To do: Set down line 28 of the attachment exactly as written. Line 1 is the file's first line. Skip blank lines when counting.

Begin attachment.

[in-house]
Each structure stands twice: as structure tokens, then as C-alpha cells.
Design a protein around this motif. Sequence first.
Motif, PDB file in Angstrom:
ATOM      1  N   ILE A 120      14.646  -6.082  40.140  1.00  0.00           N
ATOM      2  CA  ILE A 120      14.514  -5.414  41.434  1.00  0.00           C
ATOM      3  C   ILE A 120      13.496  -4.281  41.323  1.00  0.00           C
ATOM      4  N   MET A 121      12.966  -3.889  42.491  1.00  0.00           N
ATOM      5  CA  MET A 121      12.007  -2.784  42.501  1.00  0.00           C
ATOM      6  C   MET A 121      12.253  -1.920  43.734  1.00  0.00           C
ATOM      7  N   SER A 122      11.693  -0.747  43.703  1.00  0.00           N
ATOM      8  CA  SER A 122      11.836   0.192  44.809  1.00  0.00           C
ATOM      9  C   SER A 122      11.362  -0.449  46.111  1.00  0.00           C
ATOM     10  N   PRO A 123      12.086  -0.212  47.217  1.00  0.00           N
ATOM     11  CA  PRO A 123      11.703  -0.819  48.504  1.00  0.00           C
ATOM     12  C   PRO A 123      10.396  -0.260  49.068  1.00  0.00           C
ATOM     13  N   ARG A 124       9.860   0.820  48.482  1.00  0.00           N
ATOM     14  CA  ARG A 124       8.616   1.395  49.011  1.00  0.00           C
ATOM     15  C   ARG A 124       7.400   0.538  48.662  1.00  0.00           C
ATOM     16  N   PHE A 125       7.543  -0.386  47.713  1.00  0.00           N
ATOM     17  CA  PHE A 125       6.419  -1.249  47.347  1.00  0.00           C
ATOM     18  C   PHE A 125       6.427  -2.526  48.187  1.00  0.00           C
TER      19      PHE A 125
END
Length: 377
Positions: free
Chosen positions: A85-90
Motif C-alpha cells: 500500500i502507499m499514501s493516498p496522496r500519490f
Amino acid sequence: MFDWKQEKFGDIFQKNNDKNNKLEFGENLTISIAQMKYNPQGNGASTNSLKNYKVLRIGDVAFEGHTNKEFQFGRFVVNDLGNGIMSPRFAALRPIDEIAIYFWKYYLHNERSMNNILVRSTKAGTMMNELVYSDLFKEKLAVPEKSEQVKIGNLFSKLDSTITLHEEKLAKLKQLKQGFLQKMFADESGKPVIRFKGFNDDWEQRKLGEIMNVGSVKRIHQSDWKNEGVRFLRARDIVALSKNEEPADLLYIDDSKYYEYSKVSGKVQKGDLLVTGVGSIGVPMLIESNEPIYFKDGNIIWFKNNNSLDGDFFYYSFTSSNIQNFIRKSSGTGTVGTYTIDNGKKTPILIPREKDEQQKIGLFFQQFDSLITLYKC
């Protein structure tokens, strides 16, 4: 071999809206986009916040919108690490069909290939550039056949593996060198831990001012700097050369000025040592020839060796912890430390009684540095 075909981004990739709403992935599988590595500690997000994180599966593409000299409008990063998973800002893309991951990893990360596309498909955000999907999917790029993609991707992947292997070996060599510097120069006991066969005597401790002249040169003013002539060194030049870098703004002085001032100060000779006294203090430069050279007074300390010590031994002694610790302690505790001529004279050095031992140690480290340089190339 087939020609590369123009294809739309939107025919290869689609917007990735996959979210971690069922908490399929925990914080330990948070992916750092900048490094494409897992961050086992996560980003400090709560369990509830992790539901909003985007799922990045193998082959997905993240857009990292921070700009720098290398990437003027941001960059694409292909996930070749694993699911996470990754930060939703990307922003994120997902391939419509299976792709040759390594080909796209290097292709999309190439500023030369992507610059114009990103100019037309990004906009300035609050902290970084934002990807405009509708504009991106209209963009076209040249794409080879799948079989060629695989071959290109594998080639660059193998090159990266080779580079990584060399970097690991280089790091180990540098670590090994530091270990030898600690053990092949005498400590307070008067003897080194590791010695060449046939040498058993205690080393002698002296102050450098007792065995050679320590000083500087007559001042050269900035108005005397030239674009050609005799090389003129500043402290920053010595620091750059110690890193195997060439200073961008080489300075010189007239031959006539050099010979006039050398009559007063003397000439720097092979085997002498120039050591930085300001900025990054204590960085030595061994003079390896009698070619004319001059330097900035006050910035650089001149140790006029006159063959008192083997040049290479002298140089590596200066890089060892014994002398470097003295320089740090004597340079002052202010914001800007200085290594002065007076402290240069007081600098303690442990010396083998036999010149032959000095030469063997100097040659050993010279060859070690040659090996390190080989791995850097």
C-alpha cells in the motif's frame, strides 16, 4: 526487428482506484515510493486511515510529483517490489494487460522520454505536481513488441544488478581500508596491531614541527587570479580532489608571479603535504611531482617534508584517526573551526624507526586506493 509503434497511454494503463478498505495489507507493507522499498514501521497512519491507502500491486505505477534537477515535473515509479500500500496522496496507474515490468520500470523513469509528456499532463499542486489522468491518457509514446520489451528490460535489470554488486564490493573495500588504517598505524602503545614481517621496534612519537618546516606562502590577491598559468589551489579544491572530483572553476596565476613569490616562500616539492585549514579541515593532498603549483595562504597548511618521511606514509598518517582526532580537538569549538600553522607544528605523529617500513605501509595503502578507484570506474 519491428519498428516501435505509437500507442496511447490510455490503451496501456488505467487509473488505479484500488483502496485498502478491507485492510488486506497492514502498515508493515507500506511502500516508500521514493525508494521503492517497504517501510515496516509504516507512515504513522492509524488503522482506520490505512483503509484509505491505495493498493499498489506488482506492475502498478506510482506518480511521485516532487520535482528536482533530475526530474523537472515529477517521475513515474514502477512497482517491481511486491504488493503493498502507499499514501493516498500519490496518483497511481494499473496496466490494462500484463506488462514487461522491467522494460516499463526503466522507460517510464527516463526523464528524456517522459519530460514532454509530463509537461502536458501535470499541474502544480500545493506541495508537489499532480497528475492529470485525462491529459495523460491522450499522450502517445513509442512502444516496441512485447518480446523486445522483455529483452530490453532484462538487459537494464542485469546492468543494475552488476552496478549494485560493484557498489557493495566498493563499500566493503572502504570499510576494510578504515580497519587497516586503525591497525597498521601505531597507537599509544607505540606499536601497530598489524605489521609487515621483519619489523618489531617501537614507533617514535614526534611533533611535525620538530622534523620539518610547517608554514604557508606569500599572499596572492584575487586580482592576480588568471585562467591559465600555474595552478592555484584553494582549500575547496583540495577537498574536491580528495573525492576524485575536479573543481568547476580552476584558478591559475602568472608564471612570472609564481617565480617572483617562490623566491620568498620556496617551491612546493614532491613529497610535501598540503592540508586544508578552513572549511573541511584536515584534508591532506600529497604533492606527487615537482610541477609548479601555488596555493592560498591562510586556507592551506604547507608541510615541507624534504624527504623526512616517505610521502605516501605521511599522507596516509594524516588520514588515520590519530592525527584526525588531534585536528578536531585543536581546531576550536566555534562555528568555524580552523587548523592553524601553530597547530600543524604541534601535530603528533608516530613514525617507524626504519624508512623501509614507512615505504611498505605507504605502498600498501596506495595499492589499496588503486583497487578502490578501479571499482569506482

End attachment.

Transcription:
Motif C-alpha cells: 500500500i502507499m499514501s493516498p496522496r500519490f